food and sundries

Hawk Eye

Filed under: Uncategorized — February 6, 2013 @ 6:15 pm

Gold, cream, tawny and crimson. Blood and feathers.

The small heap at the side of the freeway had been a living creature. As the soft down that once kept it warm riffled in the breeze of the traffic that passed its now cold body and stilled heart, my own heart wailed. Another one of my hawks had fallen to the unending torrent of traffic that was the north-south interstate, at least the third I’d seen this year alone.

I call them “my” hawks because I have an uncanny knack for spotting them—perching confidently in the trees along the interstate, sitting stiller than stone in the grassy median awaiting an unwary rodent, hopping along the roadside in diligent exploration.

I adore them—their regal stature, their tenacity, their stately beauty.

Red-tailed hawks are not endangered. I travel fifteen miles along the graying tar of my stretch of freeway twice every weekday, sometimes seeing up to four hawks one-way. The long, broad roadway, with its wide and grassy median, is a favored hunting ground: open and inviting, beckoning with easy-to-see prey.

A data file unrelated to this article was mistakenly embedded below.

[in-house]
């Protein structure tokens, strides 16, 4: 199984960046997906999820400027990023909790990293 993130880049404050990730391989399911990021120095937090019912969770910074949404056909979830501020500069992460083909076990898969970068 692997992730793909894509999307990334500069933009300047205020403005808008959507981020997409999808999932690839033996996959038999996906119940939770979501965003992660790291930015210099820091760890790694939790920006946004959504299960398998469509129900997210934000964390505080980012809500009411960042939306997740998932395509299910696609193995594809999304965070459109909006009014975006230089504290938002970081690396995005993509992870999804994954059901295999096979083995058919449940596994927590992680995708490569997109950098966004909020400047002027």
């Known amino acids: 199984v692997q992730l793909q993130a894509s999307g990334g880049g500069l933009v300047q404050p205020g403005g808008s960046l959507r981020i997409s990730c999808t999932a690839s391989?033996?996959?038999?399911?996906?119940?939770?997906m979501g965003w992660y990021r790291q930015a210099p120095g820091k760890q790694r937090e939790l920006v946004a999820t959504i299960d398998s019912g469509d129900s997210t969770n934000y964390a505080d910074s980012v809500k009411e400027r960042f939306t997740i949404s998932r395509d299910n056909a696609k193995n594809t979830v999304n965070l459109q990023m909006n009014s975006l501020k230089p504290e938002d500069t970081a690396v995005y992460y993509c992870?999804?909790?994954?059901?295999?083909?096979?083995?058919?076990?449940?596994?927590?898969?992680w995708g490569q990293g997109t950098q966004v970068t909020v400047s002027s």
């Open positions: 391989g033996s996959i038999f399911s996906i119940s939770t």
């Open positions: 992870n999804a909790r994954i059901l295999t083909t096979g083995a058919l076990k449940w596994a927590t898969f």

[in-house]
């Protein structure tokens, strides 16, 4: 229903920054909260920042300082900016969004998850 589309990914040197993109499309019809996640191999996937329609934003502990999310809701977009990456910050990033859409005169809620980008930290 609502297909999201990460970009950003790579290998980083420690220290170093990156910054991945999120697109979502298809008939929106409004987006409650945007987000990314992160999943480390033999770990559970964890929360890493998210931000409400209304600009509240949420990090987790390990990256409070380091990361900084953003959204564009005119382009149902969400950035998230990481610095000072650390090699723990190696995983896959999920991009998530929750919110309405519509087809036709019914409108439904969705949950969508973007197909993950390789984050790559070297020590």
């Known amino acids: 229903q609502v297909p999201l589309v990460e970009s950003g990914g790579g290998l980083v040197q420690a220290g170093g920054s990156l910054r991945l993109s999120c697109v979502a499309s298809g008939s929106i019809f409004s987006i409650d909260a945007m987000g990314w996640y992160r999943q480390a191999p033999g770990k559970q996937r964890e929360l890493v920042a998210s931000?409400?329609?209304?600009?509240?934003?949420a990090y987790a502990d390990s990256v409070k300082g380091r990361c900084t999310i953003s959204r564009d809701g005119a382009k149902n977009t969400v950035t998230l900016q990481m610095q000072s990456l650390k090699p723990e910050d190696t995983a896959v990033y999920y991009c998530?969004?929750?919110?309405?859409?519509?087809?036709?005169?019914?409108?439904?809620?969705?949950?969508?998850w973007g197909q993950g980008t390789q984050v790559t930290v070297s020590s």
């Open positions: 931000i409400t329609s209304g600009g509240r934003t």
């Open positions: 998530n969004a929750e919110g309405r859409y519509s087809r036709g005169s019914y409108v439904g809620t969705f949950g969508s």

Over time, I’ve seen so many valiant raptors felled by the drive of their instinctual hunt, unaware that their survivalist’s chase could easily put them in direct line for that most sociopathic of killers: the man-made vehicle—a slayer so cold and hard that it leaves its victims to perish where they fall, never looking back, never picking up the pieces.

No, as a group, these hawks are not endangered. But, individually, my hawks are imperiled. And I mourn for those lost and the losses that are certain to come.

Keep an eye out. You do not travel alone.

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